Citizens of the Manitoba Métis Federation are being treated differently when trying to enter or buy products at liquor and cannabis stores in Winnipeg, an APTN News investigation has found.
APTN used a hidden camera while presenting an MMF citizenship card when asked for proof of age at 15 liquor and cannabis stores – a retail network regulated by the Manitoba government.
The card, which is secured with holographic images, shows the photo and birthdate of the holder, which is similar to the networks’ preferred I.D. of a Manitoba drivers’ licence.
Seven retailers accepted the card without issue – one even offered a discount – while three refused the card while providing inconsistent explanations. Five didn’t ask for I.D. at all.
APTN was told the MMF card was once accepted as I.D. but not anymore, that it could be used alongside a second piece of less secure I.D., and it was not recognized beause it wasn’t government-issued.
“We can’t actually take Manitoba Métis cards,” said an employee who wasn’t quite sure why. “We have to take actual government issued – I know it’s issued by the government…I’ve been through this.”
The MMF was recognized as a government in 2021 after signing a self-government agreement with Canada.
Manitoba’s liquor and cannabis industry is controlled by two government organizations – the Liquor, Gaming and Cannabis Authority of Manitoba (LGCA) and Manitoba Liquor & Lotteries (MBLL).
The LGCA regulates and licenses liquor and cannabis stores, while MBLL focuses on the sale and distribution of liquor, as well as the sourcing and distribution of cannabis to private retailers.
Manitoba’s government-operated, retail Liquor Marts sell a wide variety of liquor products, with a small selection of privately owned vendors selling beer or wine.
Liquor Marts have required identification to enter their stores since 2019, when the Crown corporation first implemented controlled entrances as an anti-theft practice.
In an emailed statement to APTN, MBLL said MMF cards weren’t secure enough to enter stores because they lack “some required security features, making it easier for a minor or other individual to use a stolen or fake card.”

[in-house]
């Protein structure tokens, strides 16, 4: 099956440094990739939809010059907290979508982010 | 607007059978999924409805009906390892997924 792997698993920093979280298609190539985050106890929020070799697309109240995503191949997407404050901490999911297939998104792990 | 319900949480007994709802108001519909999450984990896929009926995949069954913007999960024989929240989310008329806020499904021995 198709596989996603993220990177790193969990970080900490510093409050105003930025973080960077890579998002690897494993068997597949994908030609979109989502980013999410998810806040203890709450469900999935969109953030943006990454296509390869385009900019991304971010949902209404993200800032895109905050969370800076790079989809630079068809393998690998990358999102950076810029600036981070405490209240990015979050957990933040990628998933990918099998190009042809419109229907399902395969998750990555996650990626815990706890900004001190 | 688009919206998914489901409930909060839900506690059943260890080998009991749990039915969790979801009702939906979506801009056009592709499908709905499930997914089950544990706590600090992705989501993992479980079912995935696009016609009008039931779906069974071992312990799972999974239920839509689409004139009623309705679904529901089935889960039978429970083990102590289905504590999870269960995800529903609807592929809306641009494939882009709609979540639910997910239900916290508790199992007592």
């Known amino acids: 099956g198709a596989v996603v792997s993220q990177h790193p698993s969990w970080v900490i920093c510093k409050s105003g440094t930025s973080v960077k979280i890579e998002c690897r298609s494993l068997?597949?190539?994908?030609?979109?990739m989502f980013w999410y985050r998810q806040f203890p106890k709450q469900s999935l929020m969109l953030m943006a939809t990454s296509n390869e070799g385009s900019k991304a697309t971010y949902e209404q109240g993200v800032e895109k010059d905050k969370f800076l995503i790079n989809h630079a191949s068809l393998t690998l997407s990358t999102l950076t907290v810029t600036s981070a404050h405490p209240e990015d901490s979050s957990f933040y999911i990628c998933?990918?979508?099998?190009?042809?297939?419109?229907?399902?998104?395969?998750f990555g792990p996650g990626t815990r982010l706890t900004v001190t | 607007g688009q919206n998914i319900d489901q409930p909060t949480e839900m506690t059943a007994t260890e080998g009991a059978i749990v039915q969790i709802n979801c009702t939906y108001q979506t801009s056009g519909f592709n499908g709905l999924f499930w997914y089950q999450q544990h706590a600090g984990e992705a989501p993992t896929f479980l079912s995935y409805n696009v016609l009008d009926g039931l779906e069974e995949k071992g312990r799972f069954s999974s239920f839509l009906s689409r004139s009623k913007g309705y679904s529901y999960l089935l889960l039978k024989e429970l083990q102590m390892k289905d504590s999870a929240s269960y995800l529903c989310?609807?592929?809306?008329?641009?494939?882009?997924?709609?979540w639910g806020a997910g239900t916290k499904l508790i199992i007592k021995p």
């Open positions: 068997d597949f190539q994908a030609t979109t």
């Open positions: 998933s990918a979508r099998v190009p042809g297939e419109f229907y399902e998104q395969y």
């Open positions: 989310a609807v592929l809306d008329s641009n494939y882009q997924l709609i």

This bothered MMF President David Chartrand who said the cards should be accepted.
“I’m very confident in our cards,” Chartrand told APTN in an interview.
“We don’t do them ourselves, they’re done by a security firm. We send them out, the security firm develops them for us, and puts all the holograms to ensure that nobody can just walk into some Staples or something and copy it. You can’t.”
Chartrand said many Indigenous Peoples don’t have regular I.D. and that should be taken into consideration.
“If you have a driver’s licence, that’s the only place you can get a photo I.D. Or a passport. There is no other photo I.D. system in Canada. So, for us, our photo I.D. on our card is very essential.”
One of the cards MBLL does accept as a secondary piece of identification is the Certificate of Indian Status. It is a laminated card without holograms or barcodes, and provides less information about the cardholder’s appearance than an MMF citizenship card.
It is up to the LGCA, which regulates and licenses liquor and cannabis stores, to determine which identification is acceptable for buying products.
“[The MMF citizenship card] does not currently fall into the category of government-issued I.D. and, as such, it is not an accepted form of identification under the regulations,” said Alison Mitchell, the LGCA’s manager of communications.
The MBLL said while it may expand the types of I.D. it accepts at controlled entrances in the future, it is relying on the LGCA’s requirements for now. Meaning, customers need to have the same I.D. to enter a store as they do to buy a product.
Still, Chartrand was shocked to hear he couldn’t use his MMF citizenship card to buy liquor or cannabis in the homeland of the Metis nation and Red River Settlement.
“These cards we have are well secured,” he said, “and if you have an issue with them, I’d like them to show me their issue. Send it to me, write me a letter, or tell me where because I will challenge them on that.”
Chartrand said he regularly uses his MMF card as I.D. at airports.
“I’ve never been turned down by Air Canada or even WestJet or any of the airlines on my card,” he noted.
The MMF citizenship card contains a photo of the holder, date of birth, height, gender, eye colour, signature, and date codes. It also includes holographic images, a barcode, and the citizen’s membership number.
To obtain a card is much more complex.
Only members of the MMF receive a card as proof of their citizenship. Applicants must submit an official genealogy completed by the St. Boniface Historical Society to prove their heritage, which requires extensive documentation and time.
These are not cards handed out at conventions or ordered online. They have historical backing showing the person on the card is who they say they and their family are.
MBLL said it reached out to the MMF to “provide guidance on how their citizenship card can meet the security requirements needed for entry at controlled entrance[s]”.
But Chartrand was unaware of this and said he hadn’t been contacted personally.
The MMF reviewed its records at the request of APTN and said MBLL had called once but only after APTN began asking questions.
The MMF said it tried to follow up with MBLL twice and received no response.